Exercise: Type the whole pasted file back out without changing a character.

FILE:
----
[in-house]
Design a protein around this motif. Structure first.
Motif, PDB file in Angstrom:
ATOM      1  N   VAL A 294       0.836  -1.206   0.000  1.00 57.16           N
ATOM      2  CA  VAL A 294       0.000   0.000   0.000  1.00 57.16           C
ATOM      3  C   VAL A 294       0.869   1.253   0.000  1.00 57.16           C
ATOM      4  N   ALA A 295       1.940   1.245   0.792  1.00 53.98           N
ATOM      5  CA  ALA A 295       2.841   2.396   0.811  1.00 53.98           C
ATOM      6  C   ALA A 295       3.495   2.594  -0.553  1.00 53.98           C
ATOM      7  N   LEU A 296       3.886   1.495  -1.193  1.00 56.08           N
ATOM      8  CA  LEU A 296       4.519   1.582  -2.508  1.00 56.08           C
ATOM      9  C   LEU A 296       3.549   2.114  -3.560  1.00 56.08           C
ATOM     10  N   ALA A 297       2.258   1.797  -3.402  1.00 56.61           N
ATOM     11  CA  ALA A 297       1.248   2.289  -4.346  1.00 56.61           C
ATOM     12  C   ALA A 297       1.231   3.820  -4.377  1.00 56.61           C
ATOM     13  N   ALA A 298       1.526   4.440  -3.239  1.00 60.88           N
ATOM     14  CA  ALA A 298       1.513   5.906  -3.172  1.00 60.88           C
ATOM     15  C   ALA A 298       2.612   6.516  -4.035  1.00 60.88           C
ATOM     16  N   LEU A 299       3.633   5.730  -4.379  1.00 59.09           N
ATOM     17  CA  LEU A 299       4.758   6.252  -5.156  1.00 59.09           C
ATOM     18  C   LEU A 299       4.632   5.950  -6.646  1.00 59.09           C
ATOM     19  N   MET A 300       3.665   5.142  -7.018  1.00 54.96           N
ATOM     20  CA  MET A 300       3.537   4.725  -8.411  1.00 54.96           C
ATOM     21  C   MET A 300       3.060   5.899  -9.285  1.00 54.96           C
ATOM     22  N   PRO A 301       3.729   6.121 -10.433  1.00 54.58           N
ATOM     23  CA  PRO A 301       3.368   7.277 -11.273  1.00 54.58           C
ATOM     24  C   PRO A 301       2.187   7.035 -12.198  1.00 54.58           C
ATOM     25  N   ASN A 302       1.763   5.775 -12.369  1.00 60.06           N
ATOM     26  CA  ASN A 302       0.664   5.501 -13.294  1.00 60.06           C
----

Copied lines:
[in-house]
Design a protein around this motif. Structure first.
Motif, PDB file in Angstrom:
ATOM      1  N   VAL A 294       0.836  -1.206   0.000  1.00 57.16           N
ATOM      2  CA  VAL A 294       0.000   0.000   0.000  1.00 57.16           C
ATOM      3  C   VAL A 294       0.869   1.253   0.000  1.00 57.16           C
ATOM      4  N   ALA A 295       1.940   1.245   0.792  1.00 53.98           N
ATOM      5  CA  ALA A 295       2.841   2.396   0.811  1.00 53.98           C
ATOM      6  C   ALA A 295       3.495   2.594  -0.553  1.00 53.98           C
ATOM      7  N   LEU A 296       3.886   1.495  -1.193  1.00 56.08           N
ATOM      8  CA  LEU A 296       4.519   1.582  -2.508  1.00 56.08           C
ATOM      9  C   LEU A 296       3.549   2.114  -3.560  1.00 56.08           C
ATOM     10  N   ALA A 297       2.258   1.797  -3.402  1.00 56.61           N
ATOM     11  CA  ALA A 297       1.248   2.289  -4.346  1.00 56.61           C
ATOM     12  C   ALA A 297       1.231   3.820  -4.377  1.00 56.61           C
ATOM     13  N   ALA A 298       1.526   4.440  -3.239  1.00 60.88           N
ATOM     14  CA  ALA A 298       1.513   5.906  -3.172  1.00 60.88           C
ATOM     15  C   ALA A 298       2.612   6.516  -4.035  1.00 60.88           C
ATOM     16  N   LEU A 299       3.633   5.730  -4.379  1.00 59.09           N
ATOM     17  CA  LEU A 299       4.758   6.252  -5.156  1.00 59.09           C
ATOM     18  C   LEU A 299       4.632   5.950  -6.646  1.00 59.09           C
ATOM     19  N   MET A 300       3.665   5.142  -7.018  1.00 54.96           N
ATOM     20  CA  MET A 300       3.537   4.725  -8.411  1.00 54.96           C
ATOM     21  C   MET A 300       3.060   5.899  -9.285  1.00 54.96           C
ATOM     22  N   PRO A 301       3.729   6.121 -10.433  1.00 54.58           N
ATOM     23  CA  PRO A 301       3.368   7.277 -11.273  1.00 54.58           C
ATOM     24  C   PRO A 301       2.187   7.035 -12.198  1.00 54.58           C
ATOM     25  N   ASN A 302       1.763   5.775 -12.369  1.00 60.06           N
ATOM     26  CA  ASN A 302       0.664   5.501 -13.294  1.00 60.06           C